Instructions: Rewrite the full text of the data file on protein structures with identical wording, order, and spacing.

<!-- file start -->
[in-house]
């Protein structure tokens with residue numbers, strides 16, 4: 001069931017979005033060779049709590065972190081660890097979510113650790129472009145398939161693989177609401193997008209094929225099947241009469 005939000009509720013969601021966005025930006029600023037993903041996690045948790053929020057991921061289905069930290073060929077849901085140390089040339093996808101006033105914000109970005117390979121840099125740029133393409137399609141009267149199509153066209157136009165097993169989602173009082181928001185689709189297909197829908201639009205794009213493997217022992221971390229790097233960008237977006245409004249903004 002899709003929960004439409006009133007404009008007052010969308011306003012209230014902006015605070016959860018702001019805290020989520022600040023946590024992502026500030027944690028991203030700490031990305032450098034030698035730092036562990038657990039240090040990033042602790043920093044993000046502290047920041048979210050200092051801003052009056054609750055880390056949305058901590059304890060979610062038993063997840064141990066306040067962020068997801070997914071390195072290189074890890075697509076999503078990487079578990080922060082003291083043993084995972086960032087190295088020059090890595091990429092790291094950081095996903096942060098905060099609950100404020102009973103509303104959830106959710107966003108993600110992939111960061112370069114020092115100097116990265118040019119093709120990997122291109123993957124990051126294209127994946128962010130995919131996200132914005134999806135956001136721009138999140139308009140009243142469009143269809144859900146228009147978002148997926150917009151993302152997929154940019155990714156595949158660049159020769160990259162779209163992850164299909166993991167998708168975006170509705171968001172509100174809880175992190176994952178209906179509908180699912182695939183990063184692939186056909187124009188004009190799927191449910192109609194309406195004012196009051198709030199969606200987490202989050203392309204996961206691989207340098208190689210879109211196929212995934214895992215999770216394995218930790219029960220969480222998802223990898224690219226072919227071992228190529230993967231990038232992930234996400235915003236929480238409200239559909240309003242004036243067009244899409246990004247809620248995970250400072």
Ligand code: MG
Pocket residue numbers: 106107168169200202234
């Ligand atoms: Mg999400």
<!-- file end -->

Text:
[in-house]
């Protein structure tokens with residue numbers, strides 16, 4: 001069931017979005033060779049709590065972190081660890097979510113650790129472009145398939161693989177609401193997008209094929225099947241009469 005939000009509720013969601021966005025930006029600023037993903041996690045948790053929020057991921061289905069930290073060929077849901085140390089040339093996808101006033105914000109970005117390979121840099125740029133393409137399609141009267149199509153066209157136009165097993169989602173009082181928001185689709189297909197829908201639009205794009213493997217022992221971390229790097233960008237977006245409004249903004 002899709003929960004439409006009133007404009008007052010969308011306003012209230014902006015605070016959860018702001019805290020989520022600040023946590024992502026500030027944690028991203030700490031990305032450098034030698035730092036562990038657990039240090040990033042602790043920093044993000046502290047920041048979210050200092051801003052009056054609750055880390056949305058901590059304890060979610062038993063997840064141990066306040067962020068997801070997914071390195072290189074890890075697509076999503078990487079578990080922060082003291083043993084995972086960032087190295088020059090890595091990429092790291094950081095996903096942060098905060099609950100404020102009973103509303104959830106959710107966003108993600110992939111960061112370069114020092115100097116990265118040019119093709120990997122291109123993957124990051126294209127994946128962010130995919131996200132914005134999806135956001136721009138999140139308009140009243142469009143269809144859900146228009147978002148997926150917009151993302152997929154940019155990714156595949158660049159020769160990259162779209163992850164299909166993991167998708168975006170509705171968001172509100174809880175992190176994952178209906179509908180699912182695939183990063184692939186056909187124009188004009190799927191449910192109609194309406195004012196009051198709030199969606200987490202989050203392309204996961206691989207340098208190689210879109211196929212995934214895992215999770216394995218930790219029960220969480222998802223990898224690219226072919227071992228190529230993967231990038232992930234996400235915003236929480238409200239559909240309003242004036243067009244899409246990004247809620248995970250400072």
Ligand code: MG
Pocket residue numbers: 106107168169200202234
């Ligand atoms: Mg999400």